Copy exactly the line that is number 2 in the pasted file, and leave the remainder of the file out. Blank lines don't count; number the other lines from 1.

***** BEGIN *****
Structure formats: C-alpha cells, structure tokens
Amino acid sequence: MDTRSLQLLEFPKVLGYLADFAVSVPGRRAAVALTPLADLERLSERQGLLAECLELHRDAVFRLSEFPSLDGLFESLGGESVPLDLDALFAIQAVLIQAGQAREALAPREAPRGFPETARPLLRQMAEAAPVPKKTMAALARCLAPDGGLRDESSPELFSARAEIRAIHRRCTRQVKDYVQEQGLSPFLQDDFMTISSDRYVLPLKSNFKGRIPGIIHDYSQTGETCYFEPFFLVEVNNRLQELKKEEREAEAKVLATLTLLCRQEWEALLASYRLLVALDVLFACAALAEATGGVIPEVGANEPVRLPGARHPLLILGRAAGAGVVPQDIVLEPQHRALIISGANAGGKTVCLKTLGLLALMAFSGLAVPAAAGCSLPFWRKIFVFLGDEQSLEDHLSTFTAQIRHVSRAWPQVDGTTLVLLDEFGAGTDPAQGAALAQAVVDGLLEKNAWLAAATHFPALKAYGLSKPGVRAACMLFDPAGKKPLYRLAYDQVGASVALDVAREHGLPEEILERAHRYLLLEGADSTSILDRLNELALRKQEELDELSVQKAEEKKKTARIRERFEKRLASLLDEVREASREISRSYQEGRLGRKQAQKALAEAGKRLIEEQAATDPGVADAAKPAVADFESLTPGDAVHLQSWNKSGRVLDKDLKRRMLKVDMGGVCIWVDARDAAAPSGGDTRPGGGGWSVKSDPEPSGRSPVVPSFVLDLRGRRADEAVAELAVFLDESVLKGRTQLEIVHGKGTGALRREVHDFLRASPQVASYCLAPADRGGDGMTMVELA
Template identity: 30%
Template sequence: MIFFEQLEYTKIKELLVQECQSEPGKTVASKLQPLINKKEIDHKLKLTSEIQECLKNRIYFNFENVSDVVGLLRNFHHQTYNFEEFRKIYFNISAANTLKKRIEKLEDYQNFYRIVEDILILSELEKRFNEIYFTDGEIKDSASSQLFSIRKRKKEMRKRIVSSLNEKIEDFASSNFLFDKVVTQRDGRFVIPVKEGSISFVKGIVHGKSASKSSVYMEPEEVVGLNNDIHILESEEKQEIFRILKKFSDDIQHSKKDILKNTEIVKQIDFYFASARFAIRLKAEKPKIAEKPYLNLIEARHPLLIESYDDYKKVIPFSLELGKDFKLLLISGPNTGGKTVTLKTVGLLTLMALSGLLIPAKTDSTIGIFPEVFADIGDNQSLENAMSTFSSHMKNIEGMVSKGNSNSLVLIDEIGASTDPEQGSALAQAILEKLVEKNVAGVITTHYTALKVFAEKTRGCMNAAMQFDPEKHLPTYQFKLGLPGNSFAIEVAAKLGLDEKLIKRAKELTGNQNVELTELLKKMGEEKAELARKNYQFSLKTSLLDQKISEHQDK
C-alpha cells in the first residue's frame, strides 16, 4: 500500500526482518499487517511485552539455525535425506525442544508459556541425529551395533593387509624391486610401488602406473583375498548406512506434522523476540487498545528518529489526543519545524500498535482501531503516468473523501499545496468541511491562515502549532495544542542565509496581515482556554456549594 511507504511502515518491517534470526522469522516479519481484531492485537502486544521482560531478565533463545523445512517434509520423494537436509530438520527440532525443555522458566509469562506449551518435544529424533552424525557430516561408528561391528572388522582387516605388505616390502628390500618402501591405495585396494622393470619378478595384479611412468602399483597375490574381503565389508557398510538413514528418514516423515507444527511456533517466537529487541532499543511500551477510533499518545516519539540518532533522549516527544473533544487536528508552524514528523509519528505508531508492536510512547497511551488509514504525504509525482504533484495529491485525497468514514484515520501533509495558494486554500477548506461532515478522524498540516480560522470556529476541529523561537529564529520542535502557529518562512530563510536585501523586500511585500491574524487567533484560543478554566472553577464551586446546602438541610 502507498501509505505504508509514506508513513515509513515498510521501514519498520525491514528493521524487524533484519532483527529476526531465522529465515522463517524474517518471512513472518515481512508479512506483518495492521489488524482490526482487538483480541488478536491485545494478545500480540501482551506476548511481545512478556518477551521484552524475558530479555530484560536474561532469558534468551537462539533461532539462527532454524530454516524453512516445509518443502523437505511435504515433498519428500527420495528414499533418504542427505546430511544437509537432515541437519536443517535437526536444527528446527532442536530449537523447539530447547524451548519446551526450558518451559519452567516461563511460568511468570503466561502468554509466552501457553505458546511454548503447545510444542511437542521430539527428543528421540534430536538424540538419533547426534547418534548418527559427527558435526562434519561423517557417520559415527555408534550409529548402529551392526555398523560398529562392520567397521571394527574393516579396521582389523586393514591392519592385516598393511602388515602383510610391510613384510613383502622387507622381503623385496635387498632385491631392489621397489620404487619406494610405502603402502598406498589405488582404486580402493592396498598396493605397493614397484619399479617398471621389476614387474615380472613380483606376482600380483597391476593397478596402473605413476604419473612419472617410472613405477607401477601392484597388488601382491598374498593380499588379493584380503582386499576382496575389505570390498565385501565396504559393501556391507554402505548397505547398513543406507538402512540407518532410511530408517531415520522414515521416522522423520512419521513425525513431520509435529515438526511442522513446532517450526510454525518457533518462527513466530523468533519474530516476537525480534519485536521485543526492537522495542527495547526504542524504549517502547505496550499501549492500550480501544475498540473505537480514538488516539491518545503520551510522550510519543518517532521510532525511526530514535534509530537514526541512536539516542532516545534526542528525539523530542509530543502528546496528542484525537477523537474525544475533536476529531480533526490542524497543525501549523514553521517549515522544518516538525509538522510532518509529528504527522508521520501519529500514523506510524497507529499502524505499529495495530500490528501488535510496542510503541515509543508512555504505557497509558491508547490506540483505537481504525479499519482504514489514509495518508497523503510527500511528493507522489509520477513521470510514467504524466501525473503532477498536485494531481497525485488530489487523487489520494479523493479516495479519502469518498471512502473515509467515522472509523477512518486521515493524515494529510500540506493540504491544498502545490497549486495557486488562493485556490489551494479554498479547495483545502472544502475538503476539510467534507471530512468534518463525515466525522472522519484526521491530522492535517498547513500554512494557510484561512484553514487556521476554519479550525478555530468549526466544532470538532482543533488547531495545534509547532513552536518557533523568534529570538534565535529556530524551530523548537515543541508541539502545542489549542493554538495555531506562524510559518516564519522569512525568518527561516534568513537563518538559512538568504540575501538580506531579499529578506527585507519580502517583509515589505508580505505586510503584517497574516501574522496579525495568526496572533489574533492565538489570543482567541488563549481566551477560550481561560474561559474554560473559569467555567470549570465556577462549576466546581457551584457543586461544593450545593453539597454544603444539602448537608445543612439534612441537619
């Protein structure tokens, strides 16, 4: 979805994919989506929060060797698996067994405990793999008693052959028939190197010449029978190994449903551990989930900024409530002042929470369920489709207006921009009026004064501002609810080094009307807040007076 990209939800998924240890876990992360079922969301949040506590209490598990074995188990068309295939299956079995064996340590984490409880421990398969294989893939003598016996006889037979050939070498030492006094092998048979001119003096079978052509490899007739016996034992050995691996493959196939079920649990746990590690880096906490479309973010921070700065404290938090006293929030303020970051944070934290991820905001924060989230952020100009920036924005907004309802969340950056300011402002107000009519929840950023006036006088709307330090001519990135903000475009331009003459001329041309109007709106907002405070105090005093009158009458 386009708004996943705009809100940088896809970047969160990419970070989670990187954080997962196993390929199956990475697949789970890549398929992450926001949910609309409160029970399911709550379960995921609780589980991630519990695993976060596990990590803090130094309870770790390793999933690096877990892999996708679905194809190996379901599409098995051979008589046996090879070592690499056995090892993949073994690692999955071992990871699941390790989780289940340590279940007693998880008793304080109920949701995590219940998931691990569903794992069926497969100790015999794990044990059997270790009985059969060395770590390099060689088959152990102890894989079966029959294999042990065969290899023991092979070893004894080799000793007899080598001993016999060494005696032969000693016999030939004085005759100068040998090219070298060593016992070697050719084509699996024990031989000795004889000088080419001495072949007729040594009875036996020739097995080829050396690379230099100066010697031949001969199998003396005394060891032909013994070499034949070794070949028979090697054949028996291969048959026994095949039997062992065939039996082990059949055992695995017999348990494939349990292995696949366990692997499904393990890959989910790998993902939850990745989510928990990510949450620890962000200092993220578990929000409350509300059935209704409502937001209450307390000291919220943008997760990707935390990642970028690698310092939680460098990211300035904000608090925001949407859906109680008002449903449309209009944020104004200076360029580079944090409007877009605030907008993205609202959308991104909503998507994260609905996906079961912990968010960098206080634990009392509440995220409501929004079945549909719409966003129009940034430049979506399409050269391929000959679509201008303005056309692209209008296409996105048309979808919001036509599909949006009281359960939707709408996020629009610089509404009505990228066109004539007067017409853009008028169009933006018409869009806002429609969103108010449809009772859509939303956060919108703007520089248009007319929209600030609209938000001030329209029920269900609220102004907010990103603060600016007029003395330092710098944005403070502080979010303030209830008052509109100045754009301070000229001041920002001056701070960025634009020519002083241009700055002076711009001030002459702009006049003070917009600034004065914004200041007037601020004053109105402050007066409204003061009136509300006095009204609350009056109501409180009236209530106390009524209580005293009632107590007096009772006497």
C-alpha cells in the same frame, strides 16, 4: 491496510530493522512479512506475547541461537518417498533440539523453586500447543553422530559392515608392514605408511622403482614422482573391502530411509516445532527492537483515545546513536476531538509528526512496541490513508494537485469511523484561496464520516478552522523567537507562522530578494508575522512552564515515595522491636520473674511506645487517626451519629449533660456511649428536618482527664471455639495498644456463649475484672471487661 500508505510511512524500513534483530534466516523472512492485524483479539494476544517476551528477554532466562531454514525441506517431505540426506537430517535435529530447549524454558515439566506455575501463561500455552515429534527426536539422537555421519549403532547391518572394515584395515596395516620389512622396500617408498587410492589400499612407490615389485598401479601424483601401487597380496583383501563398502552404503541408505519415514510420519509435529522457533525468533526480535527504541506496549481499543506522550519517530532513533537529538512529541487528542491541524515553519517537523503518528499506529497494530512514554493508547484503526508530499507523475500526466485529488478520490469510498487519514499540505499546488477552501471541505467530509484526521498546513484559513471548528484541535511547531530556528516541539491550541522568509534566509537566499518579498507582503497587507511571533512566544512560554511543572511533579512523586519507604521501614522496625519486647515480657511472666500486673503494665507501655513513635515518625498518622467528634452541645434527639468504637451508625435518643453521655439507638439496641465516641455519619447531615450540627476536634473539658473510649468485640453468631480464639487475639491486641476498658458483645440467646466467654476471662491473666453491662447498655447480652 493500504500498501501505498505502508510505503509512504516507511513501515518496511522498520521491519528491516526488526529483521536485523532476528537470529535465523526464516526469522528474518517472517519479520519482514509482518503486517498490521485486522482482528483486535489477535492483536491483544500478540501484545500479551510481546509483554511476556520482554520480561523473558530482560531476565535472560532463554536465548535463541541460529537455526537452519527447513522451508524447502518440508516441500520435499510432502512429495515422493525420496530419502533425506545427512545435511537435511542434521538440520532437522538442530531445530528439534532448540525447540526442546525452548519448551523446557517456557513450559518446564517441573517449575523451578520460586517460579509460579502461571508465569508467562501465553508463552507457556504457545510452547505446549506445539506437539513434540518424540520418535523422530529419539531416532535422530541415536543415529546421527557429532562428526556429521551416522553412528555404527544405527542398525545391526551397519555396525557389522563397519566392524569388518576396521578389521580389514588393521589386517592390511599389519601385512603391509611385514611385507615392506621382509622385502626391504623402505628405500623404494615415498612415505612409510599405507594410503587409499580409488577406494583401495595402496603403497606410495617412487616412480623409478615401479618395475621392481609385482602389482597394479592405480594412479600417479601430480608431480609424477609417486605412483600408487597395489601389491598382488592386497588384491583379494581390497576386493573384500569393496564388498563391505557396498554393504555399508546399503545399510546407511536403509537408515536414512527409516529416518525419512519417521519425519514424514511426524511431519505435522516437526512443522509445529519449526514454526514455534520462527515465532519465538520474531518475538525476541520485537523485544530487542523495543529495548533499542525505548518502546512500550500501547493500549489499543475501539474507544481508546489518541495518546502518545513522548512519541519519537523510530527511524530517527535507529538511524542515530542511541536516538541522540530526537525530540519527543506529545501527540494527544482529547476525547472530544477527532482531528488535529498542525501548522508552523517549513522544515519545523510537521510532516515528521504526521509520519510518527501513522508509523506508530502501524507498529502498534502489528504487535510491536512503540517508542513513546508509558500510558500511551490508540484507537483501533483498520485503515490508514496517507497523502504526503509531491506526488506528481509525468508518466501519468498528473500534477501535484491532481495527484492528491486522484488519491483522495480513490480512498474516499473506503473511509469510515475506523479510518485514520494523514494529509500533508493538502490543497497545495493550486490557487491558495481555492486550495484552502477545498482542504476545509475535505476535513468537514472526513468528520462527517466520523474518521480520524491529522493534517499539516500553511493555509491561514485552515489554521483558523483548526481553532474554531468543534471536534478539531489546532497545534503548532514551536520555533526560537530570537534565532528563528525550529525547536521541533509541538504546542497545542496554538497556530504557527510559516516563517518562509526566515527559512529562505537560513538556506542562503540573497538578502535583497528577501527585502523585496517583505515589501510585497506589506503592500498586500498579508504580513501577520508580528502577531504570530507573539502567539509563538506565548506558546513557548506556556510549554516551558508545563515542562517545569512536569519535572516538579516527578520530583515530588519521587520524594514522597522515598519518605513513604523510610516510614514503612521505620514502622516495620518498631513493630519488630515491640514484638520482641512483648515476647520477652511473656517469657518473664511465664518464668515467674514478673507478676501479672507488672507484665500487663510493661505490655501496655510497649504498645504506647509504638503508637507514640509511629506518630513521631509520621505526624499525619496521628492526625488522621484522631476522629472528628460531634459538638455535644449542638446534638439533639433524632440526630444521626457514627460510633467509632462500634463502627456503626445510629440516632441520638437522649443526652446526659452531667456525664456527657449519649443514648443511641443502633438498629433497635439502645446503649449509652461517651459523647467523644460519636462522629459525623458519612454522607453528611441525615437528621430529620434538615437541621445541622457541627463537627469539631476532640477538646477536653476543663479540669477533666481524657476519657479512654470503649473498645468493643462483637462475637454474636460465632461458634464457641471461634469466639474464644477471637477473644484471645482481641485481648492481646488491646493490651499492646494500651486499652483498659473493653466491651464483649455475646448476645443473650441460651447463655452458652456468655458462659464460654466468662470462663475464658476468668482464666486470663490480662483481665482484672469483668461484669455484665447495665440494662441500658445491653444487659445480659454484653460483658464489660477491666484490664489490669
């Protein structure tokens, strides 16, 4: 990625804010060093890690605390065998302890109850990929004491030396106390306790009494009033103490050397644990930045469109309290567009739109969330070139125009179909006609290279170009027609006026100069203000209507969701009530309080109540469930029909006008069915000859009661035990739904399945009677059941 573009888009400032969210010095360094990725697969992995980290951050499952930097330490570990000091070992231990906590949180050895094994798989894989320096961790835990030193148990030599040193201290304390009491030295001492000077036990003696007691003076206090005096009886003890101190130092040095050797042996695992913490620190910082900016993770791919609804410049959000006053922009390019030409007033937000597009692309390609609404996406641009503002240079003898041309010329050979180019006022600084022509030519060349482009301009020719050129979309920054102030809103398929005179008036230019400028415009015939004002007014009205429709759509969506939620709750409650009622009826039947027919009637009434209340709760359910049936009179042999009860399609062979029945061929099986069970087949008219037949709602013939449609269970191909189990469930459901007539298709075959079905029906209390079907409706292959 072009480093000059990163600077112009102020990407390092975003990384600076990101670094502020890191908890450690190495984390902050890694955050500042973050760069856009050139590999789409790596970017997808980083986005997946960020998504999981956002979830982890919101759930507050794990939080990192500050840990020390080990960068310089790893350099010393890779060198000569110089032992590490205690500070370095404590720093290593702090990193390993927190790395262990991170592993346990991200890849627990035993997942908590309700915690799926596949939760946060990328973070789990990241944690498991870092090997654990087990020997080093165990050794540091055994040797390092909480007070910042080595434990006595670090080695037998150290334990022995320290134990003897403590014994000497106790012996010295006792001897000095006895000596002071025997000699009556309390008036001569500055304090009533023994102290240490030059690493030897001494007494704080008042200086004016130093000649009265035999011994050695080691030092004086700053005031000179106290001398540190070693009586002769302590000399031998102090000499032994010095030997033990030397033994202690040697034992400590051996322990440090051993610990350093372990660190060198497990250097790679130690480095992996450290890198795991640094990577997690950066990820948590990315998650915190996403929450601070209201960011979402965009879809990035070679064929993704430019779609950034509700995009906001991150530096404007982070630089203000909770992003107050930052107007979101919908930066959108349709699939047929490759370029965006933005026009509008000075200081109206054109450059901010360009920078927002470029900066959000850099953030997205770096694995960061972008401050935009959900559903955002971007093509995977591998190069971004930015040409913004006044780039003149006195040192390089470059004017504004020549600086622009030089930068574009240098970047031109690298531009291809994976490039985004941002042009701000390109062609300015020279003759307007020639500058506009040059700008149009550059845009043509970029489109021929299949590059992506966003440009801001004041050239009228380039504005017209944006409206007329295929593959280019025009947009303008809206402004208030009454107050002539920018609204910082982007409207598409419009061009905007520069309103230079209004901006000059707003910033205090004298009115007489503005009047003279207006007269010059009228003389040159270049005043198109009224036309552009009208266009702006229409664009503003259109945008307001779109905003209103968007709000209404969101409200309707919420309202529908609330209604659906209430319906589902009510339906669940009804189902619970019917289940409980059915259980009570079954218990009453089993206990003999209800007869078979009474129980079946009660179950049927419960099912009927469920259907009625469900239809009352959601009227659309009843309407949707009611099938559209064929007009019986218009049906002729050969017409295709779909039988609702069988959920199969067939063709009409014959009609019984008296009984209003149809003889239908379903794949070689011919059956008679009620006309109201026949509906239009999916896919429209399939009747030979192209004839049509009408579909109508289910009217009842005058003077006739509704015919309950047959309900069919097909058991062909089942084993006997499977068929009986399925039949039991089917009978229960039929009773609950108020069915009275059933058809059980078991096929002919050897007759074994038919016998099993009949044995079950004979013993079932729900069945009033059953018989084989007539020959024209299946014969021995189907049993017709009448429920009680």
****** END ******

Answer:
Amino acid sequence: MDTRSLQLLEFPKVLGYLADFAVSVPGRRAAVALTPLADLERLSERQGLLAECLELHRDAVFRLSEFPSLDGLFESLGGESVPLDLDALFAIQAVLIQAGQAREALAPREAPRGFPETARPLLRQMAEAAPVPKKTMAALARCLAPDGGLRDESSPELFSARAEIRAIHRRCTRQVKDYVQEQGLSPFLQDDFMTISSDRYVLPLKSNFKGRIPGIIHDYSQTGETCYFEPFFLVEVNNRLQELKKEEREAEAKVLATLTLLCRQEWEALLASYRLLVALDVLFACAALAEATGGVIPEVGANEPVRLPGARHPLLILGRAAGAGVVPQDIVLEPQHRALIISGANAGGKTVCLKTLGLLALMAFSGLAVPAAAGCSLPFWRKIFVFLGDEQSLEDHLSTFTAQIRHVSRAWPQVDGTTLVLLDEFGAGTDPAQGAALAQAVVDGLLEKNAWLAAATHFPALKAYGLSKPGVRAACMLFDPAGKKPLYRLAYDQVGASVALDVAREHGLPEEILERAHRYLLLEGADSTSILDRLNELALRKQEELDELSVQKAEEKKKTARIRERFEKRLASLLDEVREASREISRSYQEGRLGRKQAQKALAEAGKRLIEEQAATDPGVADAAKPAVADFESLTPGDAVHLQSWNKSGRVLDKDLKRRMLKVDMGGVCIWVDARDAAAPSGGDTRPGGGGWSVKSDPEPSGRSPVVPSFVLDLRGRRADEAVAELAVFLDESVLKGRTQLEIVHGKGTGALRREVHDFLRASPQVASYCLAPADRGGDGMTMVELA